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An Analysis of the United NationsInternational Tribunal to Adjudicate WarCrimes Committed in the FormerYugoslavia: Parallels, Problems, Prospects “You cannot qualify war in harsher terms than I will. War is cruelty, and you cannot refine it.” William Tecumseh Sherman(note 1) I. Introduction Wartime atrocities against humankind have existed for millennia and are a regrettable, yet attendant,component of any war. Certain acts of war have always provoked outrage, although only recentlyhas indignation at such acts been expressed by uninvolved third parties.(note 2) Enforcement bysovereign States of the laws and customs of war has similarly existed for many years, yetprosecuting the offenders has often been less than successful. As Theodor Meron notes, “except inthe case of a total defeat or subjugation – for example, Germany after World War II – prosecutionsof enemy personnel accused of war crimes have been both rare and difficult.”(note 3) Indeed, theAllied International Military Tribunal (IMT) established at Nuremberg in 1945 would appear to be atrue anomaly: no similar international war crimes tribunal preceded it and none has followed.(note 4)However, the past inability of the world community to establish a permanent international criminalcourt that would, among other duties, prosecute those who violate the laws of war, should notdiscourage the United Nations from charging and attempting to prosecute those individualsresponsible for the appalling atrocities being committed in the former Yugoslavia. In a laudablemove, the Security Council on February 22, 1993, resolved to create an international tribunal toprosecute the Yugoslav offenders;(note 5) it subsequently adopted the Statute of the InternationalTribunal on May 25, 1993.(note 6) Unfortunately, almost six months passed before the Tribunalconvened its first session in The Hague on November 17, 1993. Further, the session was primarilyceremonial and no actual business was conducted.(note 7) Indeed, the fact that the Tribunal’s firstformal substantive session was scheduled for April 24, 1994,(note 8) almost one year after it wasestablished, seems to validate the beliefs of those who view the static Tribunal as a whollyceremonial body designed to appease the conscience of an international community whose initialmoral outrage at the atrocities has gradually deteriorated into apathy and resigned acceptance. Yet, should the Tribunal ever begin to deliberate in earnest, it will first need to surmount a variety ofhurdles not faced by its predecessor at Nuremberg. The Tribunal’s triers of fact are neither thevictorious nations nor do they represent victims of wartime atrocities in the former Yugoslavia. Thus,they have no personal, vested interest in bringing the accused to trial. Securing the defendants willbe a much more difficult (if not impossible) task than it was for the Allies after World War II.Obtaining probative evidence will be a race against the ability of the violators to destroyincriminating documents. Petty politicking and world disinterest may eviscerate the potentialmandate of the Tribunal, while the United Nations’ need to negotiate a peace settlement with theoffenders themselves may very well destroy any remaining incentive for the Tribunal to begin workin earnest. This Note contrasts and compares the nascent United Nations International Tribunal to AdjudicateWar Crimes Committed in the Former Yugoslavia with the International Military Tribunalestablished by the Allies at Nuremberg in 1945. What are the parallels between the two tribunals?Did both confront similar hurdles at their inception? Or did the creation of each tribunal give rise torespectively unique problems? How much of a substantive legal basis does the Nurembergexperience provide for the United Nations International Tribunal? Finally, what are the prospects forthe current United Nations International Tribunal? Part II briefly examines the events that led to thedrafting of the London Charter, which created the Allied International Military Tribunal, and thengives a general overview of the Yugoslav conflict and of the U.N. action that created the currentTribunal. Part III discusses the essence of the principles that evolved from the Nuremberg trial, theproblems inherent in the process, and the impact of the Tribunal’s actions. Part IV first outlines thejurisdictional bases of the U.N. International Tribunal and then examines the hurdles the Tribunalmust overcome in order to ensure its effectiveness and legitimacy within the world community. PartV concludes by examining the current status of the United Nations International Tribunal and arguesthat the moral obligations advanced in favor of pursuing the Tribunal’s mandate outweigh theominous ramifications of doing nothing at all. II. The Establishment of the Tribunals A. Overview The events that led to the creation of the International Military Tribunal at Nuremburg (IMT) and theUnited Nations International Tribunal to Adjudicate War Crimes Committed in the FormerYugoslavia were markedly different. The IMT arose in the aftermath of a horrific world war whereboth the Allies and Axis committed atrocities but where only the victors (the Allies) prosecuted thevanquished (the Axis). The newly-created United Nations had neither the resources nor theimmediate worldwide support necessary to establish a war crimes tribunal. Thus, the victoriousAllies were a natural choice to mete out some form of punishment. In contrast, the current situation in the former Yugoslavia is a self-contained war where the eventual”victor” (if, indeed, there is one) would probably be the United Nations and not the Serbs orBosnian Serbs, Croats, or Muslims. The United Nations now has clear legal authority to prosecutewar criminals under its own charter, the 1948 Genocide Convention, the four Geneva Conventionsof 1949 and subsequent Additional Protocols I and II of 1977, and the 1984 Torture Convention,among others. Furthermore, no other international organization has the influence or experience of theUnited Nations. Thus, it is not surprising that the United Nations was the preeminent force behindthe establishment of an international tribunal to try violators of the laws and customs of war in theformer Yugoslavia. B. The International Military Tribunal at Nuremberg By late 1942, the Allied powers had begun to notice the various acts of cruelty and barbarism thatthe Nazis were carrying out against Jews,(note 9) Gypsies, Jehovah’s Witnesses, andhomosexuals.(note 10) On October 30, 1943, American President Franklin Roosevelt, BritishPrime Minister Winston Churchill, and Soviet Premier Joseph Stalin signed the MoscowDeclaration, in which the Allies formally resolved to prosecute war criminals.(note 11) However,there was no one common design for the punishment of the defeated Nazis: the British and theAmericans initially preferred summary execution(note 12) while the French and Soviets wereinclined to support the idea of a trial.(note 13) Eventually, the United States altered its stance and, ina memo dated April 30, 1945, argued that an execution-style judgment would be a crass politicalact that might transform the Nazis into martyrs and provide a platform for those intent on revitalizingnational socialism.(note 14) An international trial “would provide an historical record, would helpdevelop international standards of legal conduct, and would serve as a deterrent to future leaderscontemplating similar actions.”(note 15) By the summer of 1945, the Allied powers’ disagreements over punishment had been reconciledand representatives of the United States, the Soviet Union, France, and Great Britain met in Londonto formulate the principles under which a trial of the major Nazi war criminals would be conducted.On August 8, 1945, the United States, France, Great Britain, and the Soviet Union signed theAgreement for the Prosecution and Punishment of the Major War Criminals of the European AxisPowers.(note 16) This so-called “London Agreement” constituted two parts: the Agreement itself,and the Charter of the Tribunal. The Agreement advocated establishing an international militarytribunal for the trial of war criminals whose offenses had no specific geographical location,(note 17)while the Charter, which was annexed to the Agreement, set out the constitution, jurisdiction, andfunctions of the envisioned tribunal. Provision was made for other Member States of the UnitedNations to adhere to the Agreement, and by the Nuremberg judgment date of October 1, 1946,nineteen such States had done so.(note 18) The Allies agreed that the Tribunal would consist of four members, each with an alternate; onemember and one alternate were to be appointed by each of the Agreement signatories. Decisionswere to be by majority vote,(note 19) conviction would require at least three affirmative votes, andthe Tribunal was to be in session for a one-year period.(note 20) Article VI of the Charter set outthe three categories of crimes for which the accused Nazis would be tried: 1) Crimes Against Peace- planning, initiating, and waging wars of aggression, or in violation of treaties, or the conspiracy todo so;(note 21) 2) War Crimes – violations of the laws and customs of war with an emphasis onill-treatment of prisoners of war and civilians in occupied countries;(note 22) and 3) Crimes AgainstHumanity – the murder of civilians based on religious, political, or racial grounds.(note 23) Inaddition to enumerating the categories of crimes for which the accused Nazi leaders would be tried,the Allies also specified in the Charter that 1) the principal leaders of state were not exempt fromprosecution; 2) obedience to superior orders would not be a viable excuse, though in extenuatingcircumstances it might mitigate a sentence;(note 24) 3) accomplices were responsible for all actsperformed by any person in the course of a common plan or conspiracy to commit a specificcrime;(note 25) and 4) the Tribunal had the authority to declare that a group or organization towhich an accused belonged was a criminal organization.(note 26) Further, the Tribunal was requiredto state the bases for its findings of guilt and innocence,(note 27) and was accorded the right toimpose any punishment it deemed just, including execution.(note 28) The seat of the Tribunal wasestablished at Berlin,(note 29) and Nuremberg was chosen as the place of trial because of theavailability of the Palace of Justice and its adjoining prison in the suburb of Furth.(note 30) Thestage was set for the first day of trial, November 20, 1945.(note 31) C. The United Nations International Tribunal to Adjudicate War CrimesCommitted in the Former Yugoslavia The summer of 1991 was a volatile one for the former Yugoslavia. Croatia and Slovenia declaredindependence on June 25(note 32) and a sporadic civil war began in Croatia between the majorityCroats and the Serb minority, who had the backing of the Serb-dominated Yugoslav Federal Army.The political disputes between the federal Yugoslav government and the governments of theindividual republics that led to the secession of Croatia and Slovenia also affected the republic ofBosnia-Herzegovina. This Republic was a centrally-located region composed of 4.35 millionpeople, 43.7% of whom were Slavic Muslims, 31.3% Serbs, and 17.3% Croats.(note 33) TheSerb-dominated Yugoslav Federal Army, fearful of losing additional territory to breakawayrepublics, especially crucial air base facilities and arms production centers located inBosnia-Herzegovina, increased its support to the Bosnian Serbs, who began to take a hard-lineapproach in their negotiations with secession-minded groups in Bosnia.(note 34) On October 15, 1991, the republic of Bosnia-Herzegovina proclaimed its sovereignty and initiatedthe process to secede from what remained of Yugoslavia.(note 35) Pressure from all sidesimmediately began to mount upon the Bosnian government. The European Community required thatBosnia hold an independence referendum before it would recognize Bosnia as a sovereign State.The Bosnian Serbs, knowing they had the support of the Yugoslav Federal Army, were ready toresort to arms to prevent the republic from seceding.(note 36) Serbia, for its part, instituted aneconomic blockade against Bosnia-Herzegovina in an effort to coerce the region to remain in thenow Serb-dominated Yugoslavia.(note 37) Nonetheless, the Bosnian government proceeded withthe independence referendum on March 1, 1992. The Bosnian Serbs boycotted the vote,(note 38)limiting the total turnout to only sixty-three percent of Bosnia’s total population. The ninety-ninepercent majority of voters in favor of independence was, therefore, not at all representative.(note39) The European Community formally recognized Bosnia-Herzegovina as a sovereign State onApril 6, 1992, effectively providing the Serbs with a pretext to begin a full-scale assault against thefledgling republic.(note 40) By the summer of 1992, the situation in Bosnia had deteriorated to such a degree that, on July 29,Muhamed Sacirbey, Ambassador and Permanent Representative of Bosnia and Herzegovina, sent aletter to the United Nations Security Council requesting its intervention.(note 41) Shortly thereafter,the Security Council passed Resolution 771, paragraph five of which called upon States andinternational humanitarian organizations to make available to the Council any substantiatedinformation in their possession or submitted to them relating to the commission of human rightsviolations in the former Yugoslavia.(note 42) The United Nations Commission on Human Rightsdecided to appoint a Special Rapporteur, Tadeusz Mazowiecki, the former Prime Minister ofPoland, to investigate violations of humanitarian law in the former Yugoslavia (particularly inBosnia-Herzegovina) and to provide a preliminary report to the Secretary-General by August 28,1992.(note 43) His report reached the obvious conclusion that most of former Yugoslavia,especially Bosnia, was the “scene of massive and systematic violations of human rights, as well asserious grave violations of humanitarian law,” and that harassment, discrimination, torture, andviolence against the Muslim population were commonplace.(note 44) The Security Council acted again in early October 1992, adopting Resolution 780. It requested that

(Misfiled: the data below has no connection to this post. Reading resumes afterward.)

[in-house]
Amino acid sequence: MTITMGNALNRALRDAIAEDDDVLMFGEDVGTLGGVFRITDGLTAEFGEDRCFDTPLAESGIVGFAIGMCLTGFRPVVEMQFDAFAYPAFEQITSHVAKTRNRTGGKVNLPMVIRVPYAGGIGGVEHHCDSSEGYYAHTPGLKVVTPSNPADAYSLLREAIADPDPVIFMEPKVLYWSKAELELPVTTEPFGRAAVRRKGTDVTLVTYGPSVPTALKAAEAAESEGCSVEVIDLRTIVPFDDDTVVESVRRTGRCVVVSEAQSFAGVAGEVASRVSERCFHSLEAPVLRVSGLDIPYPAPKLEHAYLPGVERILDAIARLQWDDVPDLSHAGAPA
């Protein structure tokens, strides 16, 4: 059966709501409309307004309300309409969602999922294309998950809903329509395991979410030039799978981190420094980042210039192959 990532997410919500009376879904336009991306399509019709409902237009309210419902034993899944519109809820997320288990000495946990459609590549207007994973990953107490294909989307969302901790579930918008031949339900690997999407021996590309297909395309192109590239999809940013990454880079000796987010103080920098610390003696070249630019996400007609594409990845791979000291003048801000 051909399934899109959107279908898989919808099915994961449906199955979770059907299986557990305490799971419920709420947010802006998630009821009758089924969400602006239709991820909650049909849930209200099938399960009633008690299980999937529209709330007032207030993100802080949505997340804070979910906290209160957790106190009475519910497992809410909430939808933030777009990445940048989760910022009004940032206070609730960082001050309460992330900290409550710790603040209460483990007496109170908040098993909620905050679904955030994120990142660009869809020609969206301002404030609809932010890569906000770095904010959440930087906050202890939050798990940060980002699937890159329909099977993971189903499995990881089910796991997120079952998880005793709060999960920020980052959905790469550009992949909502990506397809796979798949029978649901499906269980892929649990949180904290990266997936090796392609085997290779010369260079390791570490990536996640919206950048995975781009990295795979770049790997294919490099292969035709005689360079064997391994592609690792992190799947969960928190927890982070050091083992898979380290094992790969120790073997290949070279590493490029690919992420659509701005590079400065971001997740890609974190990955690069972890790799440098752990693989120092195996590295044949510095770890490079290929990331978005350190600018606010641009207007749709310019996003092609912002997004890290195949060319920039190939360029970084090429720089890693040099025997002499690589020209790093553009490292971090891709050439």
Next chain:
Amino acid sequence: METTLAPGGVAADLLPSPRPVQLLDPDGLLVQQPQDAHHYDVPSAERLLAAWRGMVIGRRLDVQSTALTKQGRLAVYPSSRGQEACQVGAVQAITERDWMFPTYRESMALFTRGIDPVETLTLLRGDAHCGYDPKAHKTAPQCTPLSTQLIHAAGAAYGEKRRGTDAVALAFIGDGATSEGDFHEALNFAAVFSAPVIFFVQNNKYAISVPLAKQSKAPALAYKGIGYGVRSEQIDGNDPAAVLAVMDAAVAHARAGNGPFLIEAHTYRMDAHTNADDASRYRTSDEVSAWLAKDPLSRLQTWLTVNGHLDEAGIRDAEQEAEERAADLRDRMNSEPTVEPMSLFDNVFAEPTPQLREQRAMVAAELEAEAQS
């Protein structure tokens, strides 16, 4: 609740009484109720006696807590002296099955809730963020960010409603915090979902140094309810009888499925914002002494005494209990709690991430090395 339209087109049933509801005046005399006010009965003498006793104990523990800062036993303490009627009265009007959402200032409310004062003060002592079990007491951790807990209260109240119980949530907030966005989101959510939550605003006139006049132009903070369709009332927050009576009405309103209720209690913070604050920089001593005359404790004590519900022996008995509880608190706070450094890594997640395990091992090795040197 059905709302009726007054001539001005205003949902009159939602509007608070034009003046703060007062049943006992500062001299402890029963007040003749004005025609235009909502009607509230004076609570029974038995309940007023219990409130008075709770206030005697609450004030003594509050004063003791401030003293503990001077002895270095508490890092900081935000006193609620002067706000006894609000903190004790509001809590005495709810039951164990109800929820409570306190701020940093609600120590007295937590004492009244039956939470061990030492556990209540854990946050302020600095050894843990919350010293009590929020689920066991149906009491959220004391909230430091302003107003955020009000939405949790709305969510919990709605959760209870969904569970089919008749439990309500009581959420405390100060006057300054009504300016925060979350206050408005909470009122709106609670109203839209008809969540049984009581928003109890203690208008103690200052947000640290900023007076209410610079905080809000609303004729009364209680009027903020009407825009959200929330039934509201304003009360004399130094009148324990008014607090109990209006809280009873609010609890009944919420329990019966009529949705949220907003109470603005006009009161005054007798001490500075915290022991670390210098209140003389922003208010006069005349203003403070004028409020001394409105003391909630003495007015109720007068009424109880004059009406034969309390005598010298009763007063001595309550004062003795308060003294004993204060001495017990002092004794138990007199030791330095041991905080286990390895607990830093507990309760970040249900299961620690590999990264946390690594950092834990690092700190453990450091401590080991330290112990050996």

the Secretary-General create an impartial commission of experts to examine and analyze informationcollected in accordance with Resolution 771, together with additional information obtained throughtheir own investigations. The experts were to provide the Secretary-General with their conclusionson the human rights situation in the former Yugoslavia.(note 45) Pursuant to Resolution 780,Secretary-General Boutros-Ghali appointed a five-member commission later that month.(note 46) After repeatedly demanding that the warring parties in the former Yugoslavia refrain from violatinginternational humanitarian law and the established customs and laws of war, the Security Council, onFebruary 22, 1993, resolved to create an international tribunal to prosecute the offenders.Additionally, it requested that the Secretary-General formulate a proposal to carry out thisresolution.(note 47) Some three months later, on May 25, 1993, after having approved theSecretary-General’s report, the Security Council adopted the Statute of the International Tribunal.Its purpose was to prosecute those individuals responsible for serious violations of internationalhumanitarian law committed in the former Yugoslavia from January 1, 1991, until the eventualrestoration of peace.(note 48) Unfortunately, the expectation that the Tribunal would convene shortly after its creation, quicklyestablish rules of procedure and evidence, and issue detailed indictments against known violators ofhuman rights in the former Yugoslavia, has never materialized into a reality. Politicking,(note 49)lack of funds and personnel, and the world community’s increasing resigned acceptance of the rapecamps, the forced sodomy and castration, and the calculated ethnic cleansing of Muslims, have allallowed the Tribunal to delay taking active steps to bring the war criminals to justice.(note 50) The apparent apathy of the international community to the situation in the former Yugoslavia hasgiven the Tribunal an unclear mandate to function as anything more than a ceremonial body. It wasonly in September 1993 that eleven judges were elected by the General Assembly to servefour-year terms expiring November 17, 1997.(note 51) After a formal opening ceremony in TheHague on November 17, 1993, the Tribunal adjourned. It has since been working on its rules ofprocedure and evidence,(note 52) and is scheduled to hold its first formal, substantive session onApril 24, 1994.(note 53) The delay has increased because the Tribunal’s ability to issue thenecessary detailed indictments for violators of human rights in the former Yugoslavia has beenundermined by the recent resignation of the U.N.-appointed prosecutor for the Tribunal.(note 54) Awar crimes tribunal unable to issue indictments and secure defendants is like a cobra in a glass cage:potentially threatening but inevitably harmless. Indeed, even if the Tribunal should overcome theseprocedural hurdles, it still must confront other, more formidable, substantive obstacles. Manyquestions are raised: What charges will be filed against the defendants? What substantive lawprovides a valid basis for the Tribunal’s authority? How does one procure evidence before itdisappears forever? How does one ensure a fair and impartial trial? What defenses should beallowed? In 1945, the International Military Tribunal at Nuremberg confronted these same questions.However, the IMT, because of its unique, precedent-setting nature, was in the unenviable positionof having to start from scratch in all respects. The United Nations International Tribunal on theformer Yugoslavia is in no such position because the Allies at Nuremberg have already set the stage.The legal authority for a war crimes tribunal, an issue that implicated the very validity of the processand results at Nuremberg, now has a firm grounding in the U.N. Charter itself, the codifiedNuremberg Principles, the Genocide Convention of 1948, the four Geneva Conventions of 1949and Additional Protocols I and II of 1977, the Torture Convention of 1984, and other internationallaw codifications adopted since 1945. The nature of the defined crimes has expanded from “CrimesAgainst Peace,” “War Crimes,” and “Crimes Against Humanity” to include “grave breaches” ofcertain fundamentals of international humanitarian law. Additionally, the problem of ex post factoapplication of laws at the Nuremberg trial is no longer an issue since the laws under which any futureYugoslav defendants would be prosecuted were already in existence when such potentialdefendants committed their crimes. III. The Substance of Nuremberg A. The Nuremberg Principles The Nuremberg trial of major Nazi leaders was innovative for its time. Despite various criticismsthat questioned the legal validity and credibility of the process at Nuremberg,(note 55) the trialbefore the IMT and the numerous later trials conducted by the American, British, and French intheir respective occupied zones, definitively established individual responsibility for war crimes,crimes against peace, and crimes against humanity. The Nuremberg trials made clear that even thehighest State official would be liable for the systematic commission of gross violations of humanrights.(note 56) This return to fundamental principles of international law was a complete rejection of”the extreme positivist assertion that the State, supreme within its own sphere, sovereign and equalto other States in international law, shields its officials from international sanction by virtue of Stateprivileges and immunities.”(note 57) In late 1946, the United Nations General Assembly adopted Resolution 95(I), which approved andcodified the principles of the Charter and Judgment of the IMT at Nuremberg.(note 58) The firstNuremberg Principle stated that any individual who commits an act that constitutes a crime underinternational law is personally responsible for the act and is subject to severe penal sanction.(note59) The fundamental rule underlying Principle I is that “international law may impose duties onindividuals directly without interposition of internal law.”(note 60) The second Nuremberg Principle noted that “the fact that internal law does not impose a penalty foran act which constitutes a crime under international law does not relieve the person who committedthe act from responsibility under international law.”(note 61) An individual who has committed aninternational crime that is punishable under international law is liable for his act, regardless of theprovisions of internal law – this principle is credited with having established the “supremacy” ofinternational law over national law.(note 62) The Tribunal also ruled that individuals are accountable for crimes committed by them as heads ofState or as responsible government officials.(note 63) Under Principle III, the fact that a personacted in this capacity while committing a gross violation of human rights does not relieve him frominternational responsibility. Indeed, the Tribunal explicitly rejected the concept that wars are foughtby States, which alone must answer for their consequences, and instead held that leaders who planand wage aggressive war or direct others to commit crimes must answer personally for theiractions.(note 64) Principle IV stated that “the fact that a person acted pursuant to an order of his Government or of asuperior does not free him from responsibility under international law. It may, however, beconsidered in mitigation of punishment, if justice so requires.”(note 65) The idea is that “superior’sorders” is not a defense, provided that a moral choice was possible at the time the crime wascommitted. Finally, Principle V addressed the issue of fairness and impartiality during a trial conducted for grossviolations of international humanitarian law. Individuals charged with war crimes should not be dealtwith summarily, but rather should have a fair trial during which they are presumed innocent untilevidence establishes guilt beyond a reasonable doubt. This principle lessens the likelihood that pettyrevenge will supplant justice.(note 66) B. The Legacy of Nuremberg The Nuremberg Principles have had a profound impact on international criminal jurisprudence. Notonly have the principles established by Nuremberg been incorporated into many domestic legalsystems,(note 67) but they have also influenced the Charter of the United Nations(note 68) and themeaning and legal status of many of the norms(note 69) found in the 1948 GenocideConvention,(note 70) the four 1949 Geneva Conventions and their 1977 Additional Protocols I andII,(note 71) and the 1984 United Nations Convention Against Torture.(note 72) The normsapparent in these and other multilateral human rights treaties adopted since Nuremberg are evidencethat the majority of nations recognize the significance of the Nuremberg Principles in contemporaryinternational law.(note 73) The Nuremberg Charter by itself, however, is neither a true precedent in international law nor verystrong authority for the principle of individual responsibility for war crimes.(note 74) Although theIMT at Nuremberg was international, [i]n the sense that it was the creation of more than one State, was not part of the judicial system of any one State, and it applied international, rather than national law, the fact that none of the Judges were of a nationality of one of the defeated States or even of a neutral State, contradicts the notion that the Tribunal was truly international in character.(note 75) The partiality of the IMT is thus more indicative of ad hoc national military tribunals and not of atruly impartial international tribunal such as the United Nations International Tribunal.(note 76) There are additional, purely formal reasons why the judgment of the Nuremberg Tribunal is not aprecedent in international law. A true precedent has binding force upon later adjudications of asimilar nature. However, the IMT was not a permanent court and no other international court withpermanent criminal jurisdiction over individuals has been created since Nuremberg. Thus, thejudgment of the IMT cannot constitute a truly binding and authoritative precedent in internationallaw.(note 77) Nonetheless, the consensus today is that the Nuremberg Principles themselves are an integralcomponent of general international law and that individual responsibility for war crimes has becomewidely accepted as an international legal norm, despite the lack of a permanent judicial body toenforce it.(note 78) Thus, the Nuremberg Principles, in conjunction with the U.N. Charter, theGenocide, Geneva, and Torture Conventions, various international criminal law codifications, andrecent U.N. Resolutions addressing the situation in Bosnia-Herzegovina, provide sufficient legaljustification to indict, arrest, and prosecute those individuals in the former Yugoslavia who haveeither committed or sanctioned barbaric acts in direct violation of international human rights law andthe laws and customs of war. IV. The United Nations International Tribunal toAdjudicate War Crimes Committed in the FormerYugoslavia: Correcting Nuremberg’s Defects, ConfrontingNew Challenges Despite the general acceptance by the world community of the human rights concepts embodied bythe Nuremberg Principles, the war crimes trial itself still remains controversial. Most of the criticismconcerns the unprecedented nature of the Nuremburg proceedings, the possible lack of judicialimpartiality, and the prosecution and conviction of the Nazi leaders for violating the novel legaldoctrine of Crimes Against Peace.(note 79) Indeed, the ex post facto application ofAllied-formulated laws, the tenuous legal foundation for the Tribunal’s existence and authority, andthe presence on the bench of judges from nations that had just vanquished the defendants in abloody, prolonged war, are all factors that have tended to diminish the validity and impact of theNuremberg precedent. Fortunately, the new U.N. International Tribunal has neither the problem of legal justification thatplagued the Nuremberg indictments nor the concern of “victors’ justice” that implicated theimpartiality and fairness of the Nuremberg trials as a whole. A sufficient legal basis to indict andprosecute Yugoslav war criminals exists in the numerous Conventions, Protocols, and internationalhumanitarian law codifications that have entered into force since 1945. The United Nations itself,through its Charter and recent Resolutions on the Yugoslav conflict, has uncontested authority tocreate a war crimes tribunal. Further, because the United Nations is an impartial bodyrepresentative of the international community at large, it is not susceptible to charges of meting out”victors’ justice.” Nonetheless, the newly-created Tribunal confronts obstacles foreign to its Nuremberg counterpart.Evidence of human rights violations is either scarce or rapidly disappearing, the ability to apprehendviolators is doubtful, and the effectiveness of the Tribunal has been undermined by lack of funding,personnel, and world interest. Indeed, the very existence of the Tribunal is vulnerable to theoverriding desire of the United Nations to effect a comprehensive peace agreement for the region.Thus, any negotiations most probably will include granting amnesty to war crimes offenders. Theremainder of this Note will address 1) the legal bases available to the U.N. International Tribunal; 2)the obstacles the U.N. Tribunal will need to surmount in order to validate its mandate; and 3) theprospects for the creation of a permanent international criminal court that would have jurisdictionover war crimes and other offenses. A. Jurisdictional Bases 1. The Charges The world community has known for some time of atrocities committed in the former Yugoslavia,particularly in Bosnia-Herzegovina. Torture, summary executions, internment in concentration campsreminiscent of Nazi Germany, systematic mass rape, forced prostitution, inhuman treatment ofprisoners and civilians, and destruction or confiscation of private property not justified by militarynecessity have all been documented and would qualify as war crimes under Nuremberg, customaryinternational law, and the “grave breaches” provisions of the 1949 Geneva Conventions and 1977Additional Protocols I and II thereto.(note 80) Further, the fact that these crimes have beencommitted on a mass scale implicates charges of genocide and crimes against humanity.(note 81) Many, if not all, of these crimes are the result of the “ethnic cleansing” of Bosnia-Herzegovina byBosnian Serbs. Professor Meron defines this practice as consisting of: Harassment, discrimination, beatings, torture, summary executions, expulsions, forced crossings of the lines between combatants, intimidation, destruction of secular and religious property, mass and systematic rape, arbitrary arrests and executions, deliberate military attacks on civili